Scene Point Blank: I must admit when I first saw you were an Italian pop punk band I was curious. Then I listened to the song “Amare Serate Amare” (the last one on the album) the lyrics were in Italian and I was a little uncertain if I could get through the entire album. The good news was, while I didn’t understand it lyrically, it was a full-blown rocker. Why did you choose to record that one in your native language?

Nicola: For a short period of time we had a little Italian record label. They wanted us to sing in Italian, so we gave it a shot. The result is "Amare Serate Amare". We like it, but we also realized that we're made for singing in English. That's what we like the most. You can listen to the English version of "Amare Serate Amare." The song is called "Swallowtail Butterfly" and it's the track number 7 of our album.

Scene Point Blank: I am a bit curious on how you arrived at the band name, something that always interests me. Is there a funny story behind it or was it something that came about organically?

Nicola: Well, we took our name from REM's album Monster. The track number 10 is called "Let Me In." It's a touchy, distorted ballad. Michael Stipe dedicated it to the memory of Kurt Cobain. He also played it with Cobain's guitar. It sounded like a good name for a band. It was 2004, way before the vampire movie.

Scene Point Blank: I notice as well that you have a pretty good presence in the social media outlets with a tumblr blog and a Facebook bandpage. What role do you think outlets such as those will play in the future of the music and music distribution?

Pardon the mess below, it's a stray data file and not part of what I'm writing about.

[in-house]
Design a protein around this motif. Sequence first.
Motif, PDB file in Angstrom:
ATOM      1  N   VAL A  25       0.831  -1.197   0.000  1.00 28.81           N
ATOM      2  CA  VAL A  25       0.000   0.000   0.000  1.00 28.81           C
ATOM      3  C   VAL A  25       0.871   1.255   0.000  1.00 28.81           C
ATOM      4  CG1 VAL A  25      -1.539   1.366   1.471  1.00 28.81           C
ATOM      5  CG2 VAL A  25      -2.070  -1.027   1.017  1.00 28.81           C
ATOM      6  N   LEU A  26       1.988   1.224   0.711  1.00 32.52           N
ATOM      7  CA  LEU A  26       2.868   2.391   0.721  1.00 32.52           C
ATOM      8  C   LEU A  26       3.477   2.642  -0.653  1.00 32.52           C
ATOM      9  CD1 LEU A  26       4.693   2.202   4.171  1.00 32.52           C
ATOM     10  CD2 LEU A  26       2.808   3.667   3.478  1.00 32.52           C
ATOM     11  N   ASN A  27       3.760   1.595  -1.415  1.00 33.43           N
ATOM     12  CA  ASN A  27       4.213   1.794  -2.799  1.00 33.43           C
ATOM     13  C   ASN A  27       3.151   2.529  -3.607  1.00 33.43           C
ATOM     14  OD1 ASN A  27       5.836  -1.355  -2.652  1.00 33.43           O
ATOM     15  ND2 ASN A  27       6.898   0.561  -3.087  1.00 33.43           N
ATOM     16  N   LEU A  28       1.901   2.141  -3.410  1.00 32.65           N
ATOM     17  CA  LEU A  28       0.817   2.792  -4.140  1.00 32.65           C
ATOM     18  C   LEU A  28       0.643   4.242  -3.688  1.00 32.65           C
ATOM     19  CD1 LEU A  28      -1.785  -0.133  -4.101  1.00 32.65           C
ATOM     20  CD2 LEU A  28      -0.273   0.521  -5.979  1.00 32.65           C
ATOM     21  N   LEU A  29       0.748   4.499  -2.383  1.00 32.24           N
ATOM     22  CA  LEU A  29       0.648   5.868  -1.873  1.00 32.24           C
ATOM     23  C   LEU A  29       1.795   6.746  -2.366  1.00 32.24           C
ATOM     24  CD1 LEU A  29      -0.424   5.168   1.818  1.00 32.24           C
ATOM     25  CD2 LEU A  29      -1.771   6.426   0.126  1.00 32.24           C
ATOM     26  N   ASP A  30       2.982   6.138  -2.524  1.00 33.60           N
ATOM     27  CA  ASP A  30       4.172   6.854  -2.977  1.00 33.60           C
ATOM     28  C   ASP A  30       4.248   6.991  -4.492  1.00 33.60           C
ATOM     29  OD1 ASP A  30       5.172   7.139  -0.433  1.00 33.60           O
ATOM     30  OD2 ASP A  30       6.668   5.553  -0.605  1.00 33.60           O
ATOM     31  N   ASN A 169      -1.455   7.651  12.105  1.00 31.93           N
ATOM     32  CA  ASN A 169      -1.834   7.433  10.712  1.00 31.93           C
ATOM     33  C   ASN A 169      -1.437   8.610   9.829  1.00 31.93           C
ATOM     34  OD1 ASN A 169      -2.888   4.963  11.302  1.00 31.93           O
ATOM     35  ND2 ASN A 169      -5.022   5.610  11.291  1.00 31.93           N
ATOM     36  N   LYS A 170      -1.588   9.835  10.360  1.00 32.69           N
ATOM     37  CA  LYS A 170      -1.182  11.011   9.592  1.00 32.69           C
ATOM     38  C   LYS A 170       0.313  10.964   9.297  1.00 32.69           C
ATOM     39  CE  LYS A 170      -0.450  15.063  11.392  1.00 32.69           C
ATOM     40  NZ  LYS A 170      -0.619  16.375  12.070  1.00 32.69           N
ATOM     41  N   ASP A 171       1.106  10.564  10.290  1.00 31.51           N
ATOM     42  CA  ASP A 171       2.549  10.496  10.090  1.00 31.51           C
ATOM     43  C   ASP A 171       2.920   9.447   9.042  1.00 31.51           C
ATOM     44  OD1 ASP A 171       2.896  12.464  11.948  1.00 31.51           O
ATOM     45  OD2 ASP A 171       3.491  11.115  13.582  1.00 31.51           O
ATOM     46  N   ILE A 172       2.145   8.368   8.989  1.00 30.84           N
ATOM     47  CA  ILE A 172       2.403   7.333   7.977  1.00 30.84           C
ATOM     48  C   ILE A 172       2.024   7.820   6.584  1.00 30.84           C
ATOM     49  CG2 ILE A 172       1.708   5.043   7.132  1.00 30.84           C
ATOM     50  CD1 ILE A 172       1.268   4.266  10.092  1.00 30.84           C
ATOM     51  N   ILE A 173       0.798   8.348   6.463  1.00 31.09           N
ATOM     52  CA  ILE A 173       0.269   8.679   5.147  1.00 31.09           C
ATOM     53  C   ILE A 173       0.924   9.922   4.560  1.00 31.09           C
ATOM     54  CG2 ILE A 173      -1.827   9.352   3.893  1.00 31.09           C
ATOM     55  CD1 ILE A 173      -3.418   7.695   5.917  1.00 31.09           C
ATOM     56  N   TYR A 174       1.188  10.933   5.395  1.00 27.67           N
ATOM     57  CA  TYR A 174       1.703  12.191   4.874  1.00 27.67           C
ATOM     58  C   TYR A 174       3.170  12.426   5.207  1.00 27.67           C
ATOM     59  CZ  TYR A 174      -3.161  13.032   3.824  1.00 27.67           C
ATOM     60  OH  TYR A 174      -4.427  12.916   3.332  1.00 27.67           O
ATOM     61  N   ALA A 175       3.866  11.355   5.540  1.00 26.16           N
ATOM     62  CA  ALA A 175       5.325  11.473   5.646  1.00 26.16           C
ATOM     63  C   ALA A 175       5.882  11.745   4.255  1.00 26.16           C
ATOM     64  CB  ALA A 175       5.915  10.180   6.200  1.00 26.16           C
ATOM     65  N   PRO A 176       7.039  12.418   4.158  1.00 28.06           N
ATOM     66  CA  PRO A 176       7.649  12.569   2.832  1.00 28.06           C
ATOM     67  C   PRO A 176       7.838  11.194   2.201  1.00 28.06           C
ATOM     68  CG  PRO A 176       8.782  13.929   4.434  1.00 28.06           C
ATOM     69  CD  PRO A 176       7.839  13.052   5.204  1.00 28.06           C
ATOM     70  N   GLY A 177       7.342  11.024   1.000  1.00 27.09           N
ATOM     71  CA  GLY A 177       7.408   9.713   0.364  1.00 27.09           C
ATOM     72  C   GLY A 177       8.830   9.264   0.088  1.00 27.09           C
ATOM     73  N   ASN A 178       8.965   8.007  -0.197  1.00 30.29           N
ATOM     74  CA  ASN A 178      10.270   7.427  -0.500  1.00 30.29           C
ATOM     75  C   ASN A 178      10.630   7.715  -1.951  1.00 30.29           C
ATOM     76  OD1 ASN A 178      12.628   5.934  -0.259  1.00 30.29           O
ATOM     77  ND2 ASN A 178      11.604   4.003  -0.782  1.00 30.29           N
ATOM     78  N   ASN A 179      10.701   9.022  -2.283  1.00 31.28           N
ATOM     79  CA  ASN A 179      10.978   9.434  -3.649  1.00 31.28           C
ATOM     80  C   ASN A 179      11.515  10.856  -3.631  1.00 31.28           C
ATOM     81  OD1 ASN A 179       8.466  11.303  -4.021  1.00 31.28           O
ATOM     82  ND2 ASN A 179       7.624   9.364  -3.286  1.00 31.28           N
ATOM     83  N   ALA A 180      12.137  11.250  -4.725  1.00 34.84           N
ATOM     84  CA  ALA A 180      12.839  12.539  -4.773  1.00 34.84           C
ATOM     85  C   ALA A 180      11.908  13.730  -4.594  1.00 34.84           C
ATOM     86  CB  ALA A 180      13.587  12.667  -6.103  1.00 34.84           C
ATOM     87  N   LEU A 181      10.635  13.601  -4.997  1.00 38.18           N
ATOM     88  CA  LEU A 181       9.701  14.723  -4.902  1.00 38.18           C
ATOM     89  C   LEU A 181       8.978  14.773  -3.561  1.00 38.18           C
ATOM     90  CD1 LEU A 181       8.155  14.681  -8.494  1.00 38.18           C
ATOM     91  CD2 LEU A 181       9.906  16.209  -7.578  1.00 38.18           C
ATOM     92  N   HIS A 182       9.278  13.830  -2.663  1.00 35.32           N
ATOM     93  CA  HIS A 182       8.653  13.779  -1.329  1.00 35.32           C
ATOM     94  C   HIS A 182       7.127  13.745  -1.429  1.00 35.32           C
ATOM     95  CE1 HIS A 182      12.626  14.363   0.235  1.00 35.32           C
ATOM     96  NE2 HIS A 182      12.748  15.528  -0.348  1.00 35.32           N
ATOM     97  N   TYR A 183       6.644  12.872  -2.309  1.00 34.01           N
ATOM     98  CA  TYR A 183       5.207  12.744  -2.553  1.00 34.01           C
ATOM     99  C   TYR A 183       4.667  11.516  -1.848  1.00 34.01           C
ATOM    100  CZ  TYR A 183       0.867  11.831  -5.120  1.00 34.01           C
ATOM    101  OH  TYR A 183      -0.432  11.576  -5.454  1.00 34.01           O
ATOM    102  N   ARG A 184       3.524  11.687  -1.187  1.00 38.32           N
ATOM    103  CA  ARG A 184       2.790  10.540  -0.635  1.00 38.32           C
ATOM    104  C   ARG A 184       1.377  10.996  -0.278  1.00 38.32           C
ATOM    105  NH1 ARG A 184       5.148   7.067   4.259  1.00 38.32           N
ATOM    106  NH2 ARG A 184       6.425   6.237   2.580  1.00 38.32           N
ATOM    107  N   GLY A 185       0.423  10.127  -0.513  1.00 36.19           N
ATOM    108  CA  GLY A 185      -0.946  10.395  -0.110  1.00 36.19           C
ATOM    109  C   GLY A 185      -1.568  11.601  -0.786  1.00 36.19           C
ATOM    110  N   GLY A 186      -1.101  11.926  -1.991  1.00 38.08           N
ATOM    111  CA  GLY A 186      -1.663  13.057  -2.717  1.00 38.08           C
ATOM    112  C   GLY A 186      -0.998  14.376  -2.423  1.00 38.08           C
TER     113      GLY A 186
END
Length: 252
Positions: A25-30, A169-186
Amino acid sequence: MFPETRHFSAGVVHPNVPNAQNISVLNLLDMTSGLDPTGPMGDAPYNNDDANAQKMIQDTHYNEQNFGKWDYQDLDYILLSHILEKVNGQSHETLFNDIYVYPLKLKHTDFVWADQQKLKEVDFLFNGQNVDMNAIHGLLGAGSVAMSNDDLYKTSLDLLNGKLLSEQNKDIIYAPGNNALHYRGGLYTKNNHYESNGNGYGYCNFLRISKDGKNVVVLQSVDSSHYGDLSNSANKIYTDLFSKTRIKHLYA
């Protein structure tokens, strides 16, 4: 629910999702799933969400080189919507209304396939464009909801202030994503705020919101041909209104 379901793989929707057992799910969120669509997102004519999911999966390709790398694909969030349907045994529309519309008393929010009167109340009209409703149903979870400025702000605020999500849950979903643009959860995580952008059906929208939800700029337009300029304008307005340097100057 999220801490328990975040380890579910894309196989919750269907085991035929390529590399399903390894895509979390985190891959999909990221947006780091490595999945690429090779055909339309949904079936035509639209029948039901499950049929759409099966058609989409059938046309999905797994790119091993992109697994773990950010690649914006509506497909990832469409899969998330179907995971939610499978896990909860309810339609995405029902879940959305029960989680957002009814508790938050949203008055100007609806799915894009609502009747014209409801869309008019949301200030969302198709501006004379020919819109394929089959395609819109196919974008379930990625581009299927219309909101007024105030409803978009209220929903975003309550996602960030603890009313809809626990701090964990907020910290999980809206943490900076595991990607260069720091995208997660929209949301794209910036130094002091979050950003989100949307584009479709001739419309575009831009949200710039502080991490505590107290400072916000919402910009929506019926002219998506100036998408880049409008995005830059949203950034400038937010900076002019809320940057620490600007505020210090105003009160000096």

Nicola: Those channels are fundamental because, as everybody knows, the music industry is very different from what it used to be. But every band has a Facebook page, a YouTube channel, and Twitter and Tumblr and so on. They have it even if they don’t have songs and that’s quite funny. So, in our humble opinion, the first thing to do is the same as always: trying to make some good, honest music.

Scene Point Blank: I love the album art. Did someone in the band do it or was it by an artist you know?

Nicola: Ste, our guitarist, took care of it. Strangely, it turned out just fine. We're all surprised.

Scene Point Blank: There are references in some of your songs to The Bomb. Is it a prediction or are you just having fun?

Nicola: Well, that's a double reference. In “Just Beyond Reach,” we quote Kubrick and his movie Dr. Strangelove, or How I Learned to Stop Worrying and Love the Bomb. We also quote the song "Ask" by The Smiths. In this song Morrissey sings "If it's not love/ Then it's the Bomb/ That will bring us together." It fits great in the mood of the song. We love (hidden) references.

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Words by Scott Wilkinson on March 12, 2012, 9 a.m.

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Let Me In

Posted by Scott Wilkinson on March 12, 2012, 9 a.m.